Snakes can be very good escape artists. Even experienced snake owners can find their snake missing at some point. If you happen to be in this situation, the rule number one is to stay calm. Your primal task is to search, not to panic.
Photo by Markus Schroeder
1) Start your search near the cage and go from there. A snake can end up almost anywhere so it's very important to look for it thoroughly in every place you can think of. Here are a few ideas:
- behind and under the furniture along the baseboards;
- inside cabinets, drawers, shelves, dressers, and bookcases (check behind, in, and under any items in these places);
- inside any boxes and bags you have around the house, including tissue boxes, backpacks, and purses;
- inside boots and shoes, or any other small, dark places that are good for hiding;
- inside computers;
- in and near heating ducts;
- remove cushions from couches and chairs, and check down the sides and back of the furniture;
- remove sheets and pillow cases, remove the mattress from the box spring (basically, strip the bed bare);
- have a look at the underside of furniture, beds, and appliances for any holes through which the creature could get inside the furniture/bed;
- check the entire bathroom and kitchen (behind the refrigerator, in, under, and behind the oven).
This list can be longer but the idea should be clear. Check everything and everywhere. Think about what you know about snakes: how they act, what they seek, and what they avoid. Consider your particular type of snake and what it may be doing depending on the species.
If your snake is active during the day (diurnal), it would make sense to look for it during the day. If your snake is nocturnal, it would make sense to look for it during the night. Remember that you want the snake to be comfortable enough to come out, so remove anything that can scare it off. This would include loud noises and other pets.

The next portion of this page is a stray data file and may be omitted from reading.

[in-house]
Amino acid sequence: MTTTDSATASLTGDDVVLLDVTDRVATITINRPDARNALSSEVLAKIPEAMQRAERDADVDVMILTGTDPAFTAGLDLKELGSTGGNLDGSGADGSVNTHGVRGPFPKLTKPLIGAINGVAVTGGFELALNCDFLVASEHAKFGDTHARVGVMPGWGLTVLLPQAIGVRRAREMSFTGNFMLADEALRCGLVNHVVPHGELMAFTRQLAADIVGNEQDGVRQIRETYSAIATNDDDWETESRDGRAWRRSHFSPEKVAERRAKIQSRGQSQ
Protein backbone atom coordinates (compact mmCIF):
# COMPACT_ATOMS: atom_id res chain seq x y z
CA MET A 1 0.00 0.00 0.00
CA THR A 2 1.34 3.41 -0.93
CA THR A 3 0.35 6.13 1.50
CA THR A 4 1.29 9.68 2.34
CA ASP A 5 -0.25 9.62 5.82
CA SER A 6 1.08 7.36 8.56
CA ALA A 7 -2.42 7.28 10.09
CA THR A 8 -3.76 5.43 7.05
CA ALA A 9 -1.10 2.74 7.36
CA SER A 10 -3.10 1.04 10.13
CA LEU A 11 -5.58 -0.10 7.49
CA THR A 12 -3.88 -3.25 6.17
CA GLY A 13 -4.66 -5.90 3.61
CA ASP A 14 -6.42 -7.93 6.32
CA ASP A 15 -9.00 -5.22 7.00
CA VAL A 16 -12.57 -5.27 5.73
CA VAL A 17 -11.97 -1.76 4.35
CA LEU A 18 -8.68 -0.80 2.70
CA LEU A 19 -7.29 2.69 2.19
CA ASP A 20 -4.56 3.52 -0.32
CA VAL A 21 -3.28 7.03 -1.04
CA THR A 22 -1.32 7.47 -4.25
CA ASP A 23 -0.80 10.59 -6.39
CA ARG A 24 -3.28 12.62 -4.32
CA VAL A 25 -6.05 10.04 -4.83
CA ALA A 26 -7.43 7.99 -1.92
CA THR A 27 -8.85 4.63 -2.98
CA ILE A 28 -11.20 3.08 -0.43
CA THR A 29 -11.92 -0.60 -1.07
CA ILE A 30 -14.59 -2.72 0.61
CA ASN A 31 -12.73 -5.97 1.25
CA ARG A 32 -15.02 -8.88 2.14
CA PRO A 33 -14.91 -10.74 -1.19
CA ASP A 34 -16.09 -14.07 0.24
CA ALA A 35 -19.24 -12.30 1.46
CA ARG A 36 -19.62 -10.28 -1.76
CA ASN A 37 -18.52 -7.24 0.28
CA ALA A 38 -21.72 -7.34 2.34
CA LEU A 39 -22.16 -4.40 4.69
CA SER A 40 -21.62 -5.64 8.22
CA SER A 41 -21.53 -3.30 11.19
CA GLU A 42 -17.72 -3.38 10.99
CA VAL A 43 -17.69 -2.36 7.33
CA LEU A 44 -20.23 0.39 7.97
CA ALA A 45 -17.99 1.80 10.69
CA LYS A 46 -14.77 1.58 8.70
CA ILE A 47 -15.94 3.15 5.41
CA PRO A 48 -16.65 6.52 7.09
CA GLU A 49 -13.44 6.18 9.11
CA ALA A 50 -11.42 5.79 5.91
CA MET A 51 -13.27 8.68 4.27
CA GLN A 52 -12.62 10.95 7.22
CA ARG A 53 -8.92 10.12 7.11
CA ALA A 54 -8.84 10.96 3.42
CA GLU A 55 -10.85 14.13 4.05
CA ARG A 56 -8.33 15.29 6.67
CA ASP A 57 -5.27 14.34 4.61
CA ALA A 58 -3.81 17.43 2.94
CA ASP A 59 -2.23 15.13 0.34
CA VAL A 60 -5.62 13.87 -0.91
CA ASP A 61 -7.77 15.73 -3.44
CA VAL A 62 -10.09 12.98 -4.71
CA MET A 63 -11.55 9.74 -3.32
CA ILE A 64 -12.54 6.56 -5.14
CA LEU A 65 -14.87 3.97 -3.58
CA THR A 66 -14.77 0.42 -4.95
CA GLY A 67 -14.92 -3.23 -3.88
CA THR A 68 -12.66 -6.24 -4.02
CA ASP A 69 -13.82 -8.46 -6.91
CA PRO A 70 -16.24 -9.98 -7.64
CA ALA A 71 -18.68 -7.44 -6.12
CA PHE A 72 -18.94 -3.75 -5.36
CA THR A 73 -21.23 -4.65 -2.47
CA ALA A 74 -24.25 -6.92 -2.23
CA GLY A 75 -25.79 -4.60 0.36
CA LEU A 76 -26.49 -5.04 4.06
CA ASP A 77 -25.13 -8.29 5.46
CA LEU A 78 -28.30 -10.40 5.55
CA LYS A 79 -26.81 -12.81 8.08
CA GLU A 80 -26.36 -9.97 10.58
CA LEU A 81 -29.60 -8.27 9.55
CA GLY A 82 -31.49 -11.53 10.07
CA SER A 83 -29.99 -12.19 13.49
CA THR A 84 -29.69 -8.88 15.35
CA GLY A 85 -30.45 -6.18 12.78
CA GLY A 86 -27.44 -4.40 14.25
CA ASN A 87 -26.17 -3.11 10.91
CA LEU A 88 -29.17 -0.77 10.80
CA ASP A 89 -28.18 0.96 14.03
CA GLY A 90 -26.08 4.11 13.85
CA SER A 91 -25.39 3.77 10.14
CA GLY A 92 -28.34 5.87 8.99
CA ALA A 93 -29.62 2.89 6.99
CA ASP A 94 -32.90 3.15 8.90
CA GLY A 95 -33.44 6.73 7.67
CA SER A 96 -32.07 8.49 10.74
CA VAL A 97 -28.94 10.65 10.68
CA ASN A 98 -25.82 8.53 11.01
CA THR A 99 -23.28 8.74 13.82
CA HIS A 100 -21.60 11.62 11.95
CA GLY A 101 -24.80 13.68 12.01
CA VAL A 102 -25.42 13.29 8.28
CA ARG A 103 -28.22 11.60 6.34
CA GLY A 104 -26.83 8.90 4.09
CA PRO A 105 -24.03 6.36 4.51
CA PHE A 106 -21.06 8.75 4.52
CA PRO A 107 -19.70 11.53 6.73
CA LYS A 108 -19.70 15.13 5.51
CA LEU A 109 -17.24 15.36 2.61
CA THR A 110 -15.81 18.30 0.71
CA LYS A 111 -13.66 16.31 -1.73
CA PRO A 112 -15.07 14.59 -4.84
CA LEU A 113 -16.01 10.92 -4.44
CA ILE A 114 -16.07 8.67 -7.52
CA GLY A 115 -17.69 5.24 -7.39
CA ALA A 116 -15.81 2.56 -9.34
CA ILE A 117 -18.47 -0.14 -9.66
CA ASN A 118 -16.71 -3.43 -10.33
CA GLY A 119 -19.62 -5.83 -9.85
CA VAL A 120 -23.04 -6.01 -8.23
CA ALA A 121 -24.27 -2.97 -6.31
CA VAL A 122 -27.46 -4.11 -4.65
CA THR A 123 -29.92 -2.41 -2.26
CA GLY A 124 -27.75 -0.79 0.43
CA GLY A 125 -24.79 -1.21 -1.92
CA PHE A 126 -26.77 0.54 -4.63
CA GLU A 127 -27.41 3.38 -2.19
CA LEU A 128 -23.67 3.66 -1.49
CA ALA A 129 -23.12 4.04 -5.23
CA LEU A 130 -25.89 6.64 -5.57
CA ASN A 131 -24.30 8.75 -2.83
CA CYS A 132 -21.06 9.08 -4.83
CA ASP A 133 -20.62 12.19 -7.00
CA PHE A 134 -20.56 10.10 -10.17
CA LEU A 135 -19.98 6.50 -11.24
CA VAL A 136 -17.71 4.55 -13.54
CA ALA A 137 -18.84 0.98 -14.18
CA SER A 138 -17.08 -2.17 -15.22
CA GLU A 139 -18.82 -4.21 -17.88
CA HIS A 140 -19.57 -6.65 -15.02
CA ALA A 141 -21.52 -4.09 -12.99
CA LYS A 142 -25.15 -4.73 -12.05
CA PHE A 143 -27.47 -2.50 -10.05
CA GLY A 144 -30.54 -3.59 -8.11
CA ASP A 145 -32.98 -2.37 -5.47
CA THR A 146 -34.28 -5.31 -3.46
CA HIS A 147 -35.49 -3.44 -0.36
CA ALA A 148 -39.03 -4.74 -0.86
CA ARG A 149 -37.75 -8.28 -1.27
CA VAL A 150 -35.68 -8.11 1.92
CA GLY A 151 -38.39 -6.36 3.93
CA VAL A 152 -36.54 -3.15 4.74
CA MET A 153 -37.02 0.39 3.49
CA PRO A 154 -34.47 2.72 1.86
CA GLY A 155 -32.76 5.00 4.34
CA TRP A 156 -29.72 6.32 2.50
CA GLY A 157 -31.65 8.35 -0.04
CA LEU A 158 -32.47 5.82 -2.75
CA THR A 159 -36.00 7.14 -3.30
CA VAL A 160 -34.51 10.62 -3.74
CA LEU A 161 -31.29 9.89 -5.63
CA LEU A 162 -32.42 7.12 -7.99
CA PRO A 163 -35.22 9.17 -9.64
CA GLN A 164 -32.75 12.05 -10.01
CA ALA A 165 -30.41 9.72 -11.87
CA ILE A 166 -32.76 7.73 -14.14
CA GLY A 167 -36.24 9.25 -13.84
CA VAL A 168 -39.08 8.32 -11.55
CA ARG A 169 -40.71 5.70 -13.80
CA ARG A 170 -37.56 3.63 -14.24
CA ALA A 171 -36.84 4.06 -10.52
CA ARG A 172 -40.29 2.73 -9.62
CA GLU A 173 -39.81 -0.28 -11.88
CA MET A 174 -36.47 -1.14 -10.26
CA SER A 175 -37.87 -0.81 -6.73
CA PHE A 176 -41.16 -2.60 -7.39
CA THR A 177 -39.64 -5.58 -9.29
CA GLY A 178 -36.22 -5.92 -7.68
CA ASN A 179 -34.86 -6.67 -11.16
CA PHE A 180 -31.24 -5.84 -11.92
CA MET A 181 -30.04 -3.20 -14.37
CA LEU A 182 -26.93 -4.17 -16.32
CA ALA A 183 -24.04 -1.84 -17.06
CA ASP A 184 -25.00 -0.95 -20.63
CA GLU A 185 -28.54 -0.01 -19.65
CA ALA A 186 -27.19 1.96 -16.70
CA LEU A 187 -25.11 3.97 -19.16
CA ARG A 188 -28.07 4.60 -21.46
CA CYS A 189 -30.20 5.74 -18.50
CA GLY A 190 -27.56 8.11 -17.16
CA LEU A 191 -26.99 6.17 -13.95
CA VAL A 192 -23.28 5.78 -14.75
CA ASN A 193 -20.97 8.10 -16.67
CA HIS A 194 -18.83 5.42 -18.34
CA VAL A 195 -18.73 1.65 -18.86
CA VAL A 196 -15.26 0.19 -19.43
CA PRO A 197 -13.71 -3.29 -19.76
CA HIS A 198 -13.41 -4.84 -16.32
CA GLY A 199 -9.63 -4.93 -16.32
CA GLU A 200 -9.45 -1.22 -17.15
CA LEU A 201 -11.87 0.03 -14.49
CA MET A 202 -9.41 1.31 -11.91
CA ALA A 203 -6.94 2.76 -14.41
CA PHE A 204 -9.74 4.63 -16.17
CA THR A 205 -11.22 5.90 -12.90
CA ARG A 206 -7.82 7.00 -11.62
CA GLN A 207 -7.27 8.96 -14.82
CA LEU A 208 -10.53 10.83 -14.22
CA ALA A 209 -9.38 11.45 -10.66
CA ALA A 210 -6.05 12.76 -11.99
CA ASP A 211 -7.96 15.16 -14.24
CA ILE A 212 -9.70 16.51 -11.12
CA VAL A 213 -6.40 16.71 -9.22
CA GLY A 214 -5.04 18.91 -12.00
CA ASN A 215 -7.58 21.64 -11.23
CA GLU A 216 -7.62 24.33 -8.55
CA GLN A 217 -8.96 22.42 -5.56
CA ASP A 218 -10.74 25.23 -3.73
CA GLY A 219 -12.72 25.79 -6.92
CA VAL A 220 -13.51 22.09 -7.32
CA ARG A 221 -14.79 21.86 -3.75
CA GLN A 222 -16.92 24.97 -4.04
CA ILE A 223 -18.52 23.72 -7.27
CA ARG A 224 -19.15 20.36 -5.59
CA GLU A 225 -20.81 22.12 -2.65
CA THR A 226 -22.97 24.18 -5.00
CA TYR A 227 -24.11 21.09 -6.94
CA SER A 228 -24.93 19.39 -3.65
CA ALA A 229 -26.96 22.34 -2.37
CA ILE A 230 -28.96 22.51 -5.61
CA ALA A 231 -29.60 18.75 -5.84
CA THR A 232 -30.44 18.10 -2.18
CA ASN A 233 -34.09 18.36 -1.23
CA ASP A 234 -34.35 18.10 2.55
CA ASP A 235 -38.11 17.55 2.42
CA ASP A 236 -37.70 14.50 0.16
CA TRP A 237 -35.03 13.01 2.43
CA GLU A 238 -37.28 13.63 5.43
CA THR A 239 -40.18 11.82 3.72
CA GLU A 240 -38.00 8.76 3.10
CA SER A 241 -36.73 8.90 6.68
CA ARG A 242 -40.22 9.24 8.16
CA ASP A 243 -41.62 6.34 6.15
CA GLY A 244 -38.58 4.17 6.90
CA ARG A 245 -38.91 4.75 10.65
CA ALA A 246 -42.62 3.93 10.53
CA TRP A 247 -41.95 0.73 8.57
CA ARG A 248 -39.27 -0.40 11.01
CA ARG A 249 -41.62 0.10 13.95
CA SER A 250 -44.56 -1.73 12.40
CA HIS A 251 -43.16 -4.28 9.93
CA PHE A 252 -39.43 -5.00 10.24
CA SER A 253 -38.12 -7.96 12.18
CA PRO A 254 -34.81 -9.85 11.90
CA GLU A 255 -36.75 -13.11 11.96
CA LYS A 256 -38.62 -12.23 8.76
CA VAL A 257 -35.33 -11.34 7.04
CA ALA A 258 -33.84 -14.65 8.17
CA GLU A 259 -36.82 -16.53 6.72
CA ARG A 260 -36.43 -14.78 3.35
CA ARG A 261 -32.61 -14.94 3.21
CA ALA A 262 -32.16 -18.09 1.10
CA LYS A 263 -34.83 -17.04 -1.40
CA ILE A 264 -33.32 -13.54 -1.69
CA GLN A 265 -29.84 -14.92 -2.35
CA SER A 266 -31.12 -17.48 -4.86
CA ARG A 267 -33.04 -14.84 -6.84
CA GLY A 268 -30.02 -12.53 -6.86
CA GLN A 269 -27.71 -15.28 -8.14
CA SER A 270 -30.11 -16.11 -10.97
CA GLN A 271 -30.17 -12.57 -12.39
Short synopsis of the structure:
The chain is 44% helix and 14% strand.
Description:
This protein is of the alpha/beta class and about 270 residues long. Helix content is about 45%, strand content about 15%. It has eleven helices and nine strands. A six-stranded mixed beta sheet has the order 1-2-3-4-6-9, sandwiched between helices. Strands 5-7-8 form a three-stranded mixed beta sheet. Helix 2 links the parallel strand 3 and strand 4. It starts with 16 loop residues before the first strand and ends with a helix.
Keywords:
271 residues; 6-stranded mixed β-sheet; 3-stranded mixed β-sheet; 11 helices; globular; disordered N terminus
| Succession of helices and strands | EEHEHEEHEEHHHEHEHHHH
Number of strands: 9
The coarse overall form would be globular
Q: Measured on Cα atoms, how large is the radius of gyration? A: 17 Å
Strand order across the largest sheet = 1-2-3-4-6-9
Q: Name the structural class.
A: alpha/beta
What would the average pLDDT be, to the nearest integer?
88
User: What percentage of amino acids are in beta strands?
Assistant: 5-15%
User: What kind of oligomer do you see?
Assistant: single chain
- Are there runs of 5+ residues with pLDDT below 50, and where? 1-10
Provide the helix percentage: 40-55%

If your snake is still missing, try the following tricks.
Photo by Alice Chapman
2) Put the snake's tank in the middle of the room. Make sure it's open, and possibly place your snake's favourite treat or food around and in the tank. Chances are that next morning you'll find it camping inside. Exploring is good and interesting but the snake will recognize the "comforts of home". If, for some reason, it is impossible to leave the tank on the floor, get a Sterilite container. It should be large enough for both your snake and an Under the Tank Heater. Put some newspapers in it and leave it out. If possible, turn down the house heat and other sources of heat to lure the snake to the warmest place (the tank/container).
3) Place foil, crinkly plastic, sticky tape (sticky side up) or crumpled paper around the room, between doorways, along the walls and in possible hiding places. That will help you hear the snake moving around. Sometimes, however, you’ll need to be quiet for several hours.
4) Put flour along the baseboards, in thresholds, and anywhere the snake might be travelling. That will help you track the snake's movements. Focus your search in the area where the flour was disturbed.
5) In addition to the previous methods, you can try a webcam. Set it up to record on motion (otherwise you’ll eat up your hard drive space in a fairly shot time). Even though the area you can watch will be limited, it may still prove very helpful.
6) Leave some food out for the snake to catch its smell. It can even be a live mouse or rat in a small cage. This trick will probably not work if you have just fed the snake.
Finding your snake requires a lot of patience and dedication. Don't get frustrated and don't lose hope if you don't find your companion at once. Some people have reported that their snakes were found over a year later. Keep searching, keep leaving some food and water out. One day it may just show up.
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